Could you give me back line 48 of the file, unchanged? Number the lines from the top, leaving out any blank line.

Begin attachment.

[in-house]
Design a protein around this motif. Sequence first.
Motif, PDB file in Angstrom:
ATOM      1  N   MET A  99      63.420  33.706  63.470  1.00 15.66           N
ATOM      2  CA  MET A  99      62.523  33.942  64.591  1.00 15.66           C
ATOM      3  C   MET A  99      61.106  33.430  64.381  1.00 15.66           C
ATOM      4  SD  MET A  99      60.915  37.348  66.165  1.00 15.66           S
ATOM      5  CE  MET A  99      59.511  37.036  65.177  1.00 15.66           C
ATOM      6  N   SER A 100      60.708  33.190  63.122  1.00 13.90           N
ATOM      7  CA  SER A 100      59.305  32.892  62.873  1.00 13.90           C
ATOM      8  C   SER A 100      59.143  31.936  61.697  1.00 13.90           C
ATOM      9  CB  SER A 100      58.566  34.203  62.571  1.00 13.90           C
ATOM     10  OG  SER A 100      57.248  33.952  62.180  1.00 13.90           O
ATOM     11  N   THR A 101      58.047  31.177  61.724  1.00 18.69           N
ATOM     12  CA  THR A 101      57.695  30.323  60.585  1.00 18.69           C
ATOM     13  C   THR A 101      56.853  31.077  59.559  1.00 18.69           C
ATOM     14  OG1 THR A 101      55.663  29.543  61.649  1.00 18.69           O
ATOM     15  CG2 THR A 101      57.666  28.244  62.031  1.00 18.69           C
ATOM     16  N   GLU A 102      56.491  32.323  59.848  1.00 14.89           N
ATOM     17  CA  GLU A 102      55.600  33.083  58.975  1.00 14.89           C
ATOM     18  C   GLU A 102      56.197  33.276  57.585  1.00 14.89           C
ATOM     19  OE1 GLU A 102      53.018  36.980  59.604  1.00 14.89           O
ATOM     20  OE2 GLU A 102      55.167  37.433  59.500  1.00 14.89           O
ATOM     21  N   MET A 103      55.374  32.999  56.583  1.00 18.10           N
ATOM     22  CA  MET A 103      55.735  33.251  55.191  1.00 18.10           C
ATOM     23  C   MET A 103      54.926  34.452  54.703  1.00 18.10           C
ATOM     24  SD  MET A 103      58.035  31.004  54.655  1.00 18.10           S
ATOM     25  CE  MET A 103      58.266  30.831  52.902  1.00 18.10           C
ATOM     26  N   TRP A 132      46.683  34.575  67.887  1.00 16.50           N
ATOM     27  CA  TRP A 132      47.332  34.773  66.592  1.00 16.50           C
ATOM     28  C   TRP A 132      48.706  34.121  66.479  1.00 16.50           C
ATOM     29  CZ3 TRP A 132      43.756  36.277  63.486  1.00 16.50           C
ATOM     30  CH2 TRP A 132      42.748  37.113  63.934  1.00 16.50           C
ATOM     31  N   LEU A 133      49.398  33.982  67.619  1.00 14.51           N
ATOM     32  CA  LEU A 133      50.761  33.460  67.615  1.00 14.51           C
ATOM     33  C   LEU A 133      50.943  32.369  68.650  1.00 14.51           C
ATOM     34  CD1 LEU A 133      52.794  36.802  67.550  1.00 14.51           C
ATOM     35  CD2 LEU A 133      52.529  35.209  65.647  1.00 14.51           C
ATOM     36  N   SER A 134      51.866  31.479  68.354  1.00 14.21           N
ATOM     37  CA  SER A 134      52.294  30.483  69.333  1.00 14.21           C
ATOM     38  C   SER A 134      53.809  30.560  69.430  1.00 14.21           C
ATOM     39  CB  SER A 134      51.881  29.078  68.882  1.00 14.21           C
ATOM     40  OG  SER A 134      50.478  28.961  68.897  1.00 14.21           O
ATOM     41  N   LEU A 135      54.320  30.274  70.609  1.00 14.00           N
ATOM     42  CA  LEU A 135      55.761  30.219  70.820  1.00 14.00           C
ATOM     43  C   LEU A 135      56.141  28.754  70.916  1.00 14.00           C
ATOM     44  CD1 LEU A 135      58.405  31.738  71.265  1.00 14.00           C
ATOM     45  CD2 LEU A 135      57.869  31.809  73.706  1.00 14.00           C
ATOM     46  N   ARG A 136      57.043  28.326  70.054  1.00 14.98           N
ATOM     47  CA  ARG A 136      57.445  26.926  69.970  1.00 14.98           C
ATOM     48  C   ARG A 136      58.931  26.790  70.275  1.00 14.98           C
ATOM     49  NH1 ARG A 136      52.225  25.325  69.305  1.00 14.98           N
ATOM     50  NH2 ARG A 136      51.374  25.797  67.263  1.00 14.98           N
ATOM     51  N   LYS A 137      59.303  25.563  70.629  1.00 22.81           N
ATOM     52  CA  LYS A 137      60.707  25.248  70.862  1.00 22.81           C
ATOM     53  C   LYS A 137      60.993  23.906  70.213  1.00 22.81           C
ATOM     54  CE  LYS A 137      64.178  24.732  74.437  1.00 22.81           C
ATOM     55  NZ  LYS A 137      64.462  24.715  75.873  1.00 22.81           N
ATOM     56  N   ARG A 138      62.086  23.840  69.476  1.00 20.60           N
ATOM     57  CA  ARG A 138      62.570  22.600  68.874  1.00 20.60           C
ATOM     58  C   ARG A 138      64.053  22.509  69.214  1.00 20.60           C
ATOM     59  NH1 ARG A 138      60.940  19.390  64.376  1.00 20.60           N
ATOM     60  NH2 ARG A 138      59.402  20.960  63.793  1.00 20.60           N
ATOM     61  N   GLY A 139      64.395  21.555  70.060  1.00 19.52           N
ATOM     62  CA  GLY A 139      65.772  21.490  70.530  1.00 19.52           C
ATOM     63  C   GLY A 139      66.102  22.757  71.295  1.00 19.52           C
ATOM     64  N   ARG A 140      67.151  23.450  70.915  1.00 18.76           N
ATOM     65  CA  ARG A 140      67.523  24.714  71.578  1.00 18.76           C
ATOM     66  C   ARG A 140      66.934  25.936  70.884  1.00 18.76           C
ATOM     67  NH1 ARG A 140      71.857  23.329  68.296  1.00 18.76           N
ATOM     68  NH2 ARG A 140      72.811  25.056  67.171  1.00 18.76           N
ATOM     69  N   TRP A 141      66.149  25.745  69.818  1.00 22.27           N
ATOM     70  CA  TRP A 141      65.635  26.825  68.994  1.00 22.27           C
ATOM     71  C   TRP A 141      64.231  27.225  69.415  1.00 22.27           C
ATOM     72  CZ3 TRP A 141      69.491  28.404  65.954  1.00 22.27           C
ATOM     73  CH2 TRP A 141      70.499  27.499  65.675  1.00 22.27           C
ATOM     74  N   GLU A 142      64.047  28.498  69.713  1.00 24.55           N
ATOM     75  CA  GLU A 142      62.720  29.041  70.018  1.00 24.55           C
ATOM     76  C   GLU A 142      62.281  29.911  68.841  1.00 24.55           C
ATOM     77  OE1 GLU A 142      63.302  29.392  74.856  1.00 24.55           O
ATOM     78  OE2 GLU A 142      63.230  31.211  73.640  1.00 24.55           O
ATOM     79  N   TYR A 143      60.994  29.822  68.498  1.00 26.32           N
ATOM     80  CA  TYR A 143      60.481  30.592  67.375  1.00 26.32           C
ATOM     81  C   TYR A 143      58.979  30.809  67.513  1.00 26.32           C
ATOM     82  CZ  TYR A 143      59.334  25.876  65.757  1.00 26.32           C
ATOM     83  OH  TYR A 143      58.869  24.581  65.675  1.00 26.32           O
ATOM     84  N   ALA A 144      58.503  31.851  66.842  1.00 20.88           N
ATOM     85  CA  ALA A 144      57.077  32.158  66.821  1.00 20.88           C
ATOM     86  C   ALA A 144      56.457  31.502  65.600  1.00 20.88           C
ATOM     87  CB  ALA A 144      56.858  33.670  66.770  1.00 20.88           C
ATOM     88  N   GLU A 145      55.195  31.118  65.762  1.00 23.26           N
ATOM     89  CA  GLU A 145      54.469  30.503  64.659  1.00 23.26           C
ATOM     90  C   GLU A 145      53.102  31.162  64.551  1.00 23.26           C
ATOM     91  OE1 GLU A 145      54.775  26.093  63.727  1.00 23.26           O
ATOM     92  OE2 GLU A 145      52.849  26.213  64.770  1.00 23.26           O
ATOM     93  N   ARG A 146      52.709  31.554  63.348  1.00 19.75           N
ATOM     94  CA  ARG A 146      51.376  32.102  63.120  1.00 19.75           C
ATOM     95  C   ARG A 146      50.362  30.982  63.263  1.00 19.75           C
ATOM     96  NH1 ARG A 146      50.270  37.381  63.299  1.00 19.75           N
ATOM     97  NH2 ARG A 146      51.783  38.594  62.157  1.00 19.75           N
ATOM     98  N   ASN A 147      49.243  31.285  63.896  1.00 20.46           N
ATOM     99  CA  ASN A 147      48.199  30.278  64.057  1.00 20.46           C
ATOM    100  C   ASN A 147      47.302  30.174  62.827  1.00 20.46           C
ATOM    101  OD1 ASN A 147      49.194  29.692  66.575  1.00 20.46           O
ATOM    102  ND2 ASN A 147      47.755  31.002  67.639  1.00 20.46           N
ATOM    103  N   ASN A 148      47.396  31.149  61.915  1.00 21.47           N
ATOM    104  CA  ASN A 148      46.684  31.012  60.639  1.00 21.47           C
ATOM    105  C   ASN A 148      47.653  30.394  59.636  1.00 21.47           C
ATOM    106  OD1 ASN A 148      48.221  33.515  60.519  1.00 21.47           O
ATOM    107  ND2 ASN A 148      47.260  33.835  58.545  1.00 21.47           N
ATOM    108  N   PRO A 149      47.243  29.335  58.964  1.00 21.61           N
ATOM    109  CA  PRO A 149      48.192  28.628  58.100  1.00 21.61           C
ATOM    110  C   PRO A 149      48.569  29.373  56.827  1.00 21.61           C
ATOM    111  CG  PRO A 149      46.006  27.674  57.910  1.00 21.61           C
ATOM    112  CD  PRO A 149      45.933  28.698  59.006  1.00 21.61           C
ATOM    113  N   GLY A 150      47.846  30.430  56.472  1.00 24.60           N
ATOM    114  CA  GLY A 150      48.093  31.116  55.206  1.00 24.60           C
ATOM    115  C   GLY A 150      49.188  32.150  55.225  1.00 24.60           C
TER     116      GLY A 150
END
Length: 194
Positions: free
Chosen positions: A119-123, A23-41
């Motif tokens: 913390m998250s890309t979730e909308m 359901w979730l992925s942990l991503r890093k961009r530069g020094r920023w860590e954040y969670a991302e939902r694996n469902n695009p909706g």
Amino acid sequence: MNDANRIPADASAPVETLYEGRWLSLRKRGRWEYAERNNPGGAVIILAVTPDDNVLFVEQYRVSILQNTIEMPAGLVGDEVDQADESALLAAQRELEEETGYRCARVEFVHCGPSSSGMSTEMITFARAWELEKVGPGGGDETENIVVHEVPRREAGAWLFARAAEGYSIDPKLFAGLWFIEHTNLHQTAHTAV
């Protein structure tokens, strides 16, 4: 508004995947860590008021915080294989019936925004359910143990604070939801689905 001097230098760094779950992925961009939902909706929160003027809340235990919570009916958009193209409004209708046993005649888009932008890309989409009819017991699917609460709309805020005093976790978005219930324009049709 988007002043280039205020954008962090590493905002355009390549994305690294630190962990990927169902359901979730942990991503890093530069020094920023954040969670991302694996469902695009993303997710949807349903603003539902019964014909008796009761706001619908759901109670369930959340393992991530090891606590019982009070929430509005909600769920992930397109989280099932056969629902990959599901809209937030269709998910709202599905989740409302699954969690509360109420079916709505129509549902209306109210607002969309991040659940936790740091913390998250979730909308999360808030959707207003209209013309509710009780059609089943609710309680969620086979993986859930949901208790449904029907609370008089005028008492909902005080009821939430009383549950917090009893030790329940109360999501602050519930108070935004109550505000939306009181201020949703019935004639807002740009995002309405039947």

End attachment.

ATOM     45  CD2 LEU A 135      57.869  31.809  73.706  1.00 14.00           C